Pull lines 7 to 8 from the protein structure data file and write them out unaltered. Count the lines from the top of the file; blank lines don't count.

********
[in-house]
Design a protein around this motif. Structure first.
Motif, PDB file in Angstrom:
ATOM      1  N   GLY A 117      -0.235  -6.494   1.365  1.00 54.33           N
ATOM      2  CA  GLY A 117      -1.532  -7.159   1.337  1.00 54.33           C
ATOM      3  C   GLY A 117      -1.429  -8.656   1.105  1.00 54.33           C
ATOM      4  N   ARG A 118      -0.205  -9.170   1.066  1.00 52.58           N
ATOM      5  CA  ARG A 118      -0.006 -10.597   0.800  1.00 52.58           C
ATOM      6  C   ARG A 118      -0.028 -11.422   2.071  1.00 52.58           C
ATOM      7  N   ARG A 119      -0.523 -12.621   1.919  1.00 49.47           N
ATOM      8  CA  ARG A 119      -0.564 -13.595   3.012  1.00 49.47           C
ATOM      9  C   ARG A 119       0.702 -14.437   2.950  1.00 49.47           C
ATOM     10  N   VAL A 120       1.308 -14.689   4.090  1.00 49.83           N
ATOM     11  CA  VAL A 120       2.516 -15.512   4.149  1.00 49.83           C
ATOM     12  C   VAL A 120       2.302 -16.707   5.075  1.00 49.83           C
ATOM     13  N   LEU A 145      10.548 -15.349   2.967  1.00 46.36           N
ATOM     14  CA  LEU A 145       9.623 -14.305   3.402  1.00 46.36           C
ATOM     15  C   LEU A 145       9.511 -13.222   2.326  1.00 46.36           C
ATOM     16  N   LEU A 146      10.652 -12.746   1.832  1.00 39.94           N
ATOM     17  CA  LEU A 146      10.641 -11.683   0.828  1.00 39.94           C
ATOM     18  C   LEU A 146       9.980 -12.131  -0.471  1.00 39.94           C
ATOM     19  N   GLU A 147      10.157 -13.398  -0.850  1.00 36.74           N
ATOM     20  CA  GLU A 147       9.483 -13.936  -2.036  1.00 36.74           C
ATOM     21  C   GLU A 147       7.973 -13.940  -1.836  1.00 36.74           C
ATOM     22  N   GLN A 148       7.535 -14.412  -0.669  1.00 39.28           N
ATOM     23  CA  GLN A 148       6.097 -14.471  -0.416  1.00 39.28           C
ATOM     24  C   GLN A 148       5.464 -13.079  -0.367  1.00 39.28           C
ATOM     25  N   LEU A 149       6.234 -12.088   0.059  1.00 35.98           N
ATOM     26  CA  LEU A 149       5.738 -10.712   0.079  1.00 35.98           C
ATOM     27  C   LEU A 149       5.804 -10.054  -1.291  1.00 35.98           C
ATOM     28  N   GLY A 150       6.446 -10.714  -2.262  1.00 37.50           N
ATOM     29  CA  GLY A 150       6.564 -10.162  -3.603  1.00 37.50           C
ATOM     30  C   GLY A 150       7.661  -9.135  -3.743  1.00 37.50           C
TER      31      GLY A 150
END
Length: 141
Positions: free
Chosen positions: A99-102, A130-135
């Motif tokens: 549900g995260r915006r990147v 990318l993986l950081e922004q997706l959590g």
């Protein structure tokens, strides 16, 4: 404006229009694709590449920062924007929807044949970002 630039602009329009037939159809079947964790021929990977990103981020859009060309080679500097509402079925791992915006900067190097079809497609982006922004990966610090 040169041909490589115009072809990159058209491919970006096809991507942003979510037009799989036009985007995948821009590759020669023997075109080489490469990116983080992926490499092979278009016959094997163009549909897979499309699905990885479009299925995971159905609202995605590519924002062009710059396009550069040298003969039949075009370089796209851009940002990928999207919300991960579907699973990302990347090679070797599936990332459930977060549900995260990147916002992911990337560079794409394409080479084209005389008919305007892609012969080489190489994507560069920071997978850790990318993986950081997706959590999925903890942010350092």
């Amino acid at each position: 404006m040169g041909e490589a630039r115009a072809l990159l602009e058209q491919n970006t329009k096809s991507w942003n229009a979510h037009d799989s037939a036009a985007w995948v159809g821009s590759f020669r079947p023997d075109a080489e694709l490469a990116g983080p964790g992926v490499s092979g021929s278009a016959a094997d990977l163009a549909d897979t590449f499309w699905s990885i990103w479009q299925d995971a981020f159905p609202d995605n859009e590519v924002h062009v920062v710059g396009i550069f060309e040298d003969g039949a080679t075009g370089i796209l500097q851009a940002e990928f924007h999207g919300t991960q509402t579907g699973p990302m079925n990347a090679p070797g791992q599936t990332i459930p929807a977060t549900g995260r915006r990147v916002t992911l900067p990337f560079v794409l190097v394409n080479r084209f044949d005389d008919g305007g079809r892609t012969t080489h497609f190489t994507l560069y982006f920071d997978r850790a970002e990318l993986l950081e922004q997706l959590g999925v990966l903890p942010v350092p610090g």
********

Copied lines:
ATOM      4  N   ARG A 118      -0.205  -9.170   1.066  1.00 52.58           N
ATOM      5  CA  ARG A 118      -0.006 -10.597   0.800  1.00 52.58           C